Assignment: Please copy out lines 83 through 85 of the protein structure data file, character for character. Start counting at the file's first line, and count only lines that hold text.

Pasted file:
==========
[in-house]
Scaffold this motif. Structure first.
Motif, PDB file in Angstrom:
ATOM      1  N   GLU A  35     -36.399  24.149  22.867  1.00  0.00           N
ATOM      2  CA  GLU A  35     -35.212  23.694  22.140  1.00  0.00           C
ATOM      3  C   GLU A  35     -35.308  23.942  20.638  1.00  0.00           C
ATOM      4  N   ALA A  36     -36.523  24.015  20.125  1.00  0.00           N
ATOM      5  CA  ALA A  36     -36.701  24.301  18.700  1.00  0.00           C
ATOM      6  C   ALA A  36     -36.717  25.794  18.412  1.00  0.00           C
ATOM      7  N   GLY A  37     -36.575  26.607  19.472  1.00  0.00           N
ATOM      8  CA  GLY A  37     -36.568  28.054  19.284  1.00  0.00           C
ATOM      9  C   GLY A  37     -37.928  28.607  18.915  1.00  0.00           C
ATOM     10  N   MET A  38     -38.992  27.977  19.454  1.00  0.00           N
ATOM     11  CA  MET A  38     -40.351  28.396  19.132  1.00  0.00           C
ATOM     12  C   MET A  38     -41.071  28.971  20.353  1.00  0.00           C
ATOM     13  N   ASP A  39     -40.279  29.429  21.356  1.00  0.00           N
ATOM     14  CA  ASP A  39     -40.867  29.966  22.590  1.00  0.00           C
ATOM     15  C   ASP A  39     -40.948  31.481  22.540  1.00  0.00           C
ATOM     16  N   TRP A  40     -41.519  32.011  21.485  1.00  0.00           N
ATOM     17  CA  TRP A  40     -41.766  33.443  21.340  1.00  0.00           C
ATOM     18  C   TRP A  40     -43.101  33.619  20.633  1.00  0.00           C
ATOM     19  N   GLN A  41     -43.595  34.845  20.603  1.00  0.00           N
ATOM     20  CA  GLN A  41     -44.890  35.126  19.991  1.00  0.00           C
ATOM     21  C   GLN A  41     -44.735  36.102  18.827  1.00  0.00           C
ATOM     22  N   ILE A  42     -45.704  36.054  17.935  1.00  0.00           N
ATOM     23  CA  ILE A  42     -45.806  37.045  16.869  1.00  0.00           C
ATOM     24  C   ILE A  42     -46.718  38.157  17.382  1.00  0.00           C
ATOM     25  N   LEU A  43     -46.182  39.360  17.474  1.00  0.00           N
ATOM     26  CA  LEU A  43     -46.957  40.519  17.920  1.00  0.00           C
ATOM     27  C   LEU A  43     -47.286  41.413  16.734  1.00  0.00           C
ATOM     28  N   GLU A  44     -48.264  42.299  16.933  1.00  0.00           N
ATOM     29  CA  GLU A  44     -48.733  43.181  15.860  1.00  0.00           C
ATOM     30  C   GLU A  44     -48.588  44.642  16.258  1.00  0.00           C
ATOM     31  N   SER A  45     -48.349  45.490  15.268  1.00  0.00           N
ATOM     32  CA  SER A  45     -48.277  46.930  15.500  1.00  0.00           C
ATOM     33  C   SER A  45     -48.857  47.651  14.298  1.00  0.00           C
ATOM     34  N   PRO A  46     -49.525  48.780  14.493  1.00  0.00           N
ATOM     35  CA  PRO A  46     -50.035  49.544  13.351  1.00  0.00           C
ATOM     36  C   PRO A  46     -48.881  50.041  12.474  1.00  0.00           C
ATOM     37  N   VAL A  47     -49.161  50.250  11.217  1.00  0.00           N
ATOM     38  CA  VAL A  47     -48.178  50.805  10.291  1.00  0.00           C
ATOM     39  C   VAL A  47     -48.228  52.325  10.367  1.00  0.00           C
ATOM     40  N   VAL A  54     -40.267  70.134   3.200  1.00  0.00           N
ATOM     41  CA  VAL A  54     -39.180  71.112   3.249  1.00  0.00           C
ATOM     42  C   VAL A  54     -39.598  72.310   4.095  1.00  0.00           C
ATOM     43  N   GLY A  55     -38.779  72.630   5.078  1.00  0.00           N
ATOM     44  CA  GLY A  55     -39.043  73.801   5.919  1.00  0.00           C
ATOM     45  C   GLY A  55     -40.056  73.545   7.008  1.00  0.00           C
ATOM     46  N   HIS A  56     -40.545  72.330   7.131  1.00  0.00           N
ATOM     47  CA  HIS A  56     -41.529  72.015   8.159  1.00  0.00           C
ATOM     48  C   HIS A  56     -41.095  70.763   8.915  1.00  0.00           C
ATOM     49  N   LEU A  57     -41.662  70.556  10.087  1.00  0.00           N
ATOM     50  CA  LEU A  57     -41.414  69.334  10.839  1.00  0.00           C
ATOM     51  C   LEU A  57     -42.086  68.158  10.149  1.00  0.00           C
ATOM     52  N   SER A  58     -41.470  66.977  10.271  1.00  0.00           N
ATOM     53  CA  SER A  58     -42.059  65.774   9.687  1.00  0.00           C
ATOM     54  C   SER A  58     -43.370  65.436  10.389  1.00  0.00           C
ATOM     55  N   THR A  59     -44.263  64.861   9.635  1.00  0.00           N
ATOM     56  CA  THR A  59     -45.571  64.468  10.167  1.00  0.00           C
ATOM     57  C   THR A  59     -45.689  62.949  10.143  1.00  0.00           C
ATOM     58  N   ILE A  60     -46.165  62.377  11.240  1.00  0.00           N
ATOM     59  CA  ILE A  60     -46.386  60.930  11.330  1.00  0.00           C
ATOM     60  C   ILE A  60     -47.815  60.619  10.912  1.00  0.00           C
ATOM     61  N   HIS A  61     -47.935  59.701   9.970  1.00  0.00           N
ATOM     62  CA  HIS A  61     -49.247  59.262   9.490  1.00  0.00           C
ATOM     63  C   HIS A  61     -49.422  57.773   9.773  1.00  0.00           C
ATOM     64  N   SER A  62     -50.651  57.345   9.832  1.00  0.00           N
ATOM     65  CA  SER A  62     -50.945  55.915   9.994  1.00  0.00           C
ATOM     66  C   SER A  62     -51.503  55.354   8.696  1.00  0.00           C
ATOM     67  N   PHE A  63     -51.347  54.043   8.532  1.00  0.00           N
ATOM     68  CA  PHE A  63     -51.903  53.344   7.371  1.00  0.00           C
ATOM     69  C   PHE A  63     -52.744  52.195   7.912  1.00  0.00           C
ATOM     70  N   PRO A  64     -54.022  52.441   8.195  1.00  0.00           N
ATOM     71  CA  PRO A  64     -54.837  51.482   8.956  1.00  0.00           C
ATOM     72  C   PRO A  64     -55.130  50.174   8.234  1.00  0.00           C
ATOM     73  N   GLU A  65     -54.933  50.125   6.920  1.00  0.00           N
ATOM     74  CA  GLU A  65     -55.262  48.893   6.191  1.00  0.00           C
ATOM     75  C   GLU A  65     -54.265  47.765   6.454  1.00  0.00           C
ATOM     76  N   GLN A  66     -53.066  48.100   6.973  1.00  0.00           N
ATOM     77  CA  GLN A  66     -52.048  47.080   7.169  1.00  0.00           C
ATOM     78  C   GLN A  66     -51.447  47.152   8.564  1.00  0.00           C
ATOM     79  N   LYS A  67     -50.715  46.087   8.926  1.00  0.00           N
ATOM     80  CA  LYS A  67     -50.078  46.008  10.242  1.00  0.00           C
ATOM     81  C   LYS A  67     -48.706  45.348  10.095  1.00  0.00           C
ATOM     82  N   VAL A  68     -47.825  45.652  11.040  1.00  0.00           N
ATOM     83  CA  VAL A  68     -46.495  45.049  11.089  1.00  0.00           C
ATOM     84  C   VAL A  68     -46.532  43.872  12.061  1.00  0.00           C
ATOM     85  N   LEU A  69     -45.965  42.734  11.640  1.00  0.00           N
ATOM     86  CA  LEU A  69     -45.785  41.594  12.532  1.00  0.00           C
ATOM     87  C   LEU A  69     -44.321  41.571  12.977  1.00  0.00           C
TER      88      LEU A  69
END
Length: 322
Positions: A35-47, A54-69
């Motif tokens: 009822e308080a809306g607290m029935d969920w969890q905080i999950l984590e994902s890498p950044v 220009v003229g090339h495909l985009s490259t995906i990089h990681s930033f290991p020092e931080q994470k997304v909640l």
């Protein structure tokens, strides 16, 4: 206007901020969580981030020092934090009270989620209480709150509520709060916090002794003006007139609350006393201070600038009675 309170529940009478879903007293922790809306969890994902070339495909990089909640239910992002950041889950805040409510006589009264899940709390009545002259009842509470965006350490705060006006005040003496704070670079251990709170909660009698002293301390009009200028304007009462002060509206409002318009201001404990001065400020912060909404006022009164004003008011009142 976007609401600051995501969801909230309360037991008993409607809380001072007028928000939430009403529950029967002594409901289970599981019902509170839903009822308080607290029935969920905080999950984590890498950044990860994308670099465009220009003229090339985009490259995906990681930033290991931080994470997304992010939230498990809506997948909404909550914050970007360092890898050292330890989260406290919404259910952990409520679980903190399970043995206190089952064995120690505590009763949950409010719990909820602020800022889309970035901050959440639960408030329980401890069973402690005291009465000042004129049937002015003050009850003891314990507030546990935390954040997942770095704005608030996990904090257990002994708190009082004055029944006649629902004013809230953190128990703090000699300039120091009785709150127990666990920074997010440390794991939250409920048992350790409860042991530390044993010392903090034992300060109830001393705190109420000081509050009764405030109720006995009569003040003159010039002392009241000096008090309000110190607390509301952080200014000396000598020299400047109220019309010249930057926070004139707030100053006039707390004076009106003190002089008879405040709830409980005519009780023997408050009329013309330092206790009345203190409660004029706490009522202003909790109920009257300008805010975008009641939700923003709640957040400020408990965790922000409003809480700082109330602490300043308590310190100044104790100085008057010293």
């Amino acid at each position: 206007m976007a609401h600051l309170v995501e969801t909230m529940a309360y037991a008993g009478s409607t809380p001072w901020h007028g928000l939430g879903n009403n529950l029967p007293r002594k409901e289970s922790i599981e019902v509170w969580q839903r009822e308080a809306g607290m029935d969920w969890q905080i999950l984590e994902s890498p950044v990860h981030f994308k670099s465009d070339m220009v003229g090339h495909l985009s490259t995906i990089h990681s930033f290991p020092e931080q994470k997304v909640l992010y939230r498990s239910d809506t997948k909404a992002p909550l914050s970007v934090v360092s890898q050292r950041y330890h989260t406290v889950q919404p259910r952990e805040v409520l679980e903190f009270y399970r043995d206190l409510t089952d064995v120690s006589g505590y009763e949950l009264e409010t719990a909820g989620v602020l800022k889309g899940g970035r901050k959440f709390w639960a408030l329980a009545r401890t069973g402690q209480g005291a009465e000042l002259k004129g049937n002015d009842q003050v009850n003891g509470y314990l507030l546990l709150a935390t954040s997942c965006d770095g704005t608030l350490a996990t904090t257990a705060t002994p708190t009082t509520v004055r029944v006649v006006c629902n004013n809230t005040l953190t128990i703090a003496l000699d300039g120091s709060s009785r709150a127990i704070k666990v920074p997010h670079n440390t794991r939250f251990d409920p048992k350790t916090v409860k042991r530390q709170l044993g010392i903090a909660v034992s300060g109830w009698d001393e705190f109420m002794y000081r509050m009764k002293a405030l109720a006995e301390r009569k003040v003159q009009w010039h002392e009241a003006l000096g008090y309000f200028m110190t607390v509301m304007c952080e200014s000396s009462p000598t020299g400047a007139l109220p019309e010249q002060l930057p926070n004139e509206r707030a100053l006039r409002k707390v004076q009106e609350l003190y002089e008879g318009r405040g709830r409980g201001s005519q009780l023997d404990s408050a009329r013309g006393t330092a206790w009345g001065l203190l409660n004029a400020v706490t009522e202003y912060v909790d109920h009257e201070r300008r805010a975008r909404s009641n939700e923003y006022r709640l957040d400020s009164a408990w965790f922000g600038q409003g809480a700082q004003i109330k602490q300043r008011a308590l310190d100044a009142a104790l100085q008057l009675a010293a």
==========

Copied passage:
ATOM     80  CA  LYS A  67     -50.078  46.008  10.242  1.00  0.00           C
ATOM     81  C   LYS A  67     -48.706  45.348  10.095  1.00  0.00           C
ATOM     82  N   VAL A  68     -47.825  45.652  11.040  1.00  0.00           N